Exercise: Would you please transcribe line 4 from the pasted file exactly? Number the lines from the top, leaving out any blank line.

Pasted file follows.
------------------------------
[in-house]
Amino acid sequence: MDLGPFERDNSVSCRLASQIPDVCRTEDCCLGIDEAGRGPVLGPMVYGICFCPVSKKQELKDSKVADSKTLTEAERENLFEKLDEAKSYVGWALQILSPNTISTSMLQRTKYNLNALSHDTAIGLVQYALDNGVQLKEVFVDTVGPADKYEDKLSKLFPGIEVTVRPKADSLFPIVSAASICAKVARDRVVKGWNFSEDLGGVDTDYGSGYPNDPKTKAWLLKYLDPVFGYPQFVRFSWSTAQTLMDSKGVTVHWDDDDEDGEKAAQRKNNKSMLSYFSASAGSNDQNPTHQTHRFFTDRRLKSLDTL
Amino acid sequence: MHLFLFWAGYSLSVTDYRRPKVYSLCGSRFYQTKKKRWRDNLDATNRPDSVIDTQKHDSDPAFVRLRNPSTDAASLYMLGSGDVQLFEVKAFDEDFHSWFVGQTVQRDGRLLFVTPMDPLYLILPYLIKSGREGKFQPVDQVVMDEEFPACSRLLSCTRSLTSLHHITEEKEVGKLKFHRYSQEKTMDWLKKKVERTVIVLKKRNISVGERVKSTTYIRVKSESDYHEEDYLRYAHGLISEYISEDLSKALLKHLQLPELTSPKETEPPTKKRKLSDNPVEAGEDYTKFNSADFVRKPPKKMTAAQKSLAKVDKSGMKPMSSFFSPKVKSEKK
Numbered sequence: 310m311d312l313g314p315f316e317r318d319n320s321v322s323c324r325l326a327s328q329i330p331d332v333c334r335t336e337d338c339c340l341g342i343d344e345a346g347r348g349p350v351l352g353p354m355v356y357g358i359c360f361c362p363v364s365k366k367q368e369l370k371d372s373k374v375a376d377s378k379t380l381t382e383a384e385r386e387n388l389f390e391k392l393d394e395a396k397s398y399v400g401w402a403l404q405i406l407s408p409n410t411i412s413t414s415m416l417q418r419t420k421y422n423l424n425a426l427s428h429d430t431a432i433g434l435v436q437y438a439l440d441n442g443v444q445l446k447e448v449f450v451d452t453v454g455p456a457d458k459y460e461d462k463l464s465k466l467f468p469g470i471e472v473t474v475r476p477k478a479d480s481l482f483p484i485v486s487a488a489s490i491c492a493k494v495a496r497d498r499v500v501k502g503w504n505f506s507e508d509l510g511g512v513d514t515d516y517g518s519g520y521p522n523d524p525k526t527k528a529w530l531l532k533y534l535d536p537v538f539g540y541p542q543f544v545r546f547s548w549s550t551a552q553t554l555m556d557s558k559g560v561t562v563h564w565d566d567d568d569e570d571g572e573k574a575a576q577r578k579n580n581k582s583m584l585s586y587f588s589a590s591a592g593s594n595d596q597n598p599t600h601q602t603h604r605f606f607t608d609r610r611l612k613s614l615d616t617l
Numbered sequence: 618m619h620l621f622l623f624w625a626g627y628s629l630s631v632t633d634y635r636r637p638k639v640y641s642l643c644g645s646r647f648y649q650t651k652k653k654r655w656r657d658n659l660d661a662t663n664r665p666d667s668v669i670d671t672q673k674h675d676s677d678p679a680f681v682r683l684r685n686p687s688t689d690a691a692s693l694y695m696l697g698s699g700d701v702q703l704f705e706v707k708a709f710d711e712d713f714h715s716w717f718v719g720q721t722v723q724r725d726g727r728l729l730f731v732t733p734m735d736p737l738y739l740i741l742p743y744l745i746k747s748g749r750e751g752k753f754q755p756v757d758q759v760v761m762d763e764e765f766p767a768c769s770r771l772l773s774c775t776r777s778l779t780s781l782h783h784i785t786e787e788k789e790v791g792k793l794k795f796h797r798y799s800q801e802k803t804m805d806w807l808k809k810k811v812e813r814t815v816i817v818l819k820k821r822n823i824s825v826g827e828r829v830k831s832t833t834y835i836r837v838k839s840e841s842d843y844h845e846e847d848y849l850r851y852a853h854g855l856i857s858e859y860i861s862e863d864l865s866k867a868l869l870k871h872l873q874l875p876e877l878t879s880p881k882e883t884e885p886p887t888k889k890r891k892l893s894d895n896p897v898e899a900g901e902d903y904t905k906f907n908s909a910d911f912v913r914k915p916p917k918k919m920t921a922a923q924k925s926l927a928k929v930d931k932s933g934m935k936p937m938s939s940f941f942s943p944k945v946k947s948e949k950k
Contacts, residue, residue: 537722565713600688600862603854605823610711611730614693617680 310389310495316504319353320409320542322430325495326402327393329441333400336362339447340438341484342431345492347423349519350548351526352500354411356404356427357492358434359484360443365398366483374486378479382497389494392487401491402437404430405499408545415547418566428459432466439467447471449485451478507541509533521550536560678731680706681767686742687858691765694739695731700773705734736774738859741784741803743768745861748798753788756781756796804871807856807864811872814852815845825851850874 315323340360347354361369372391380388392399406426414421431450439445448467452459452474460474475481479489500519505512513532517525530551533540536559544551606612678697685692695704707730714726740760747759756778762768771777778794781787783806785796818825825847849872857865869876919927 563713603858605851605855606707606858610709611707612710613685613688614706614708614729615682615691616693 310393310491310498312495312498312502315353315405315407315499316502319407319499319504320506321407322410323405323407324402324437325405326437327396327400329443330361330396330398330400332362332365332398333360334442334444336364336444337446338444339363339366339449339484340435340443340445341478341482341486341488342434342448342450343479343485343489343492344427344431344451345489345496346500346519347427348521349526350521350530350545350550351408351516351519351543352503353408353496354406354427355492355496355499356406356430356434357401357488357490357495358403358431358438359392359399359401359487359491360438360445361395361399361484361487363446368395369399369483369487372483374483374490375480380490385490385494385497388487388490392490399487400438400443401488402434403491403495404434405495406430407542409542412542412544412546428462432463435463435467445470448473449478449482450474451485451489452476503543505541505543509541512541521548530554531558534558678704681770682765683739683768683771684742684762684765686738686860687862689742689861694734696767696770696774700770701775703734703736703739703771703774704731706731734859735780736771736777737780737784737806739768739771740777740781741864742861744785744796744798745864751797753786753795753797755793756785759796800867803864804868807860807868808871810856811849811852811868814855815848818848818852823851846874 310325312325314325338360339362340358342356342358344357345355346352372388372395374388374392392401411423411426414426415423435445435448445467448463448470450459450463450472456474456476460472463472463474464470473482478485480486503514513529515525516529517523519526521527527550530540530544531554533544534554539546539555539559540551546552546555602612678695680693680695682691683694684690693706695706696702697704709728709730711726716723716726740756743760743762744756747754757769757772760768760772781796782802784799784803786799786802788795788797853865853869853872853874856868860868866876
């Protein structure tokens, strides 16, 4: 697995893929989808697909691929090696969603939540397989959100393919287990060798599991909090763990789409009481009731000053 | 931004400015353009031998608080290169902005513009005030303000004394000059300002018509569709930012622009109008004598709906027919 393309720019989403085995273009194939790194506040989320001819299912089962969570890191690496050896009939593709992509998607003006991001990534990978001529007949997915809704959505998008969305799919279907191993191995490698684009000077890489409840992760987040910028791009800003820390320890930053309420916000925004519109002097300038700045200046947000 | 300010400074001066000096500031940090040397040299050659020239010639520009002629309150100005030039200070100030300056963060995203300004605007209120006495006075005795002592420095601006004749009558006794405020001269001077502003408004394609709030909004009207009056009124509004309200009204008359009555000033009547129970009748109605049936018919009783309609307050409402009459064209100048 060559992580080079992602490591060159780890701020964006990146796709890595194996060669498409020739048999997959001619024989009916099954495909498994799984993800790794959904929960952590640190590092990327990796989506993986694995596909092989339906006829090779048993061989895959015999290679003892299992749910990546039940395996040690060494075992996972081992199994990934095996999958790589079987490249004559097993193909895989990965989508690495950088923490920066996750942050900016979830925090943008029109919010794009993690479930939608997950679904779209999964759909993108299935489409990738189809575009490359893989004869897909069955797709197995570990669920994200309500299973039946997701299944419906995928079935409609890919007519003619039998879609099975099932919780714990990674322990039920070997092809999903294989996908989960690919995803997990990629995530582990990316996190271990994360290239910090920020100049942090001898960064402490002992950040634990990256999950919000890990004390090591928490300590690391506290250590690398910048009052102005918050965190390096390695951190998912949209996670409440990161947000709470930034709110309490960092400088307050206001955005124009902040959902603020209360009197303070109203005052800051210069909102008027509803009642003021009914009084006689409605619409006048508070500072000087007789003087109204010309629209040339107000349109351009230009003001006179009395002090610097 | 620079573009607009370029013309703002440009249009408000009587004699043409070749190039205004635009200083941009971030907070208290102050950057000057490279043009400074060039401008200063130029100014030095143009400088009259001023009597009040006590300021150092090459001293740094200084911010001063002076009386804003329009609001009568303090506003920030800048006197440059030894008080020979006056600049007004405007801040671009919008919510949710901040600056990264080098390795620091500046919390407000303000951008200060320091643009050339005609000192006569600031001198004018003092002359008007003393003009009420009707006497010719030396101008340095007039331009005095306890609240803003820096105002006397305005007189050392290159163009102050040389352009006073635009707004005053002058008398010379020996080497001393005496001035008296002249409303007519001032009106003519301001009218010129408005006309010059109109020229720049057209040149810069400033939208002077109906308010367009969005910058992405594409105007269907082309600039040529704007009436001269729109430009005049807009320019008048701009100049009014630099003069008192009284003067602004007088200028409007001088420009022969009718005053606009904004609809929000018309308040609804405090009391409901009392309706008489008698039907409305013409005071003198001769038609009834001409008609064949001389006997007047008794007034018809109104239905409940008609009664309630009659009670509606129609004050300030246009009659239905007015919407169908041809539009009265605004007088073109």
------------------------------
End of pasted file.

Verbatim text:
Numbered sequence: 310m311d312l313g314p315f316e317r318d319n320s321v322s323c324r325l326a327s328q329i330p331d332v333c334r335t336e337d338c339c340l341g342i343d344e345a346g347r348g349p350v351l352g353p354m355v356y357g358i359c360f361c362p363v364s365k366k367q368e369l370k371d372s373k374v375a376d377s378k379t380l381t382e383a384e385r386e387n388l389f390e391k392l393d394e395a396k397s398y399v400g401w402a403l404q405i406l407s408p409n410t411i412s413t414s415m416l417q418r419t420k421y422n423l424n425a426l427s428h429d430t431a432i433g434l435v436q437y438a439l440d441n442g443v444q445l446k447e448v449f450v451d452t453v454g455p456a457d458k459y460e461d462k463l464s465k466l467f468p469g470i471e472v473t474v475r476p477k478a479d480s481l482f483p484i485v486s487a488a489s490i491c492a493k494v495a496r497d498r499v500v501k502g503w504n505f506s507e508d509l510g511g512v513d514t515d516y517g518s519g520y521p522n523d524p525k526t527k528a529w530l531l532k533y534l535d536p537v538f539g540y541p542q543f544v545r546f547s548w549s550t551a552q553t554l555m556d557s558k559g560v561t562v563h564w565d566d567d568d569e570d571g572e573k574a575a576q577r578k579n580n581k582s583m584l585s586y587f588s589a590s591a592g593s594n595d596q597n598p599t600h601q602t603h604r605f606f607t608d609r610r611l612k613s614l615d616t617l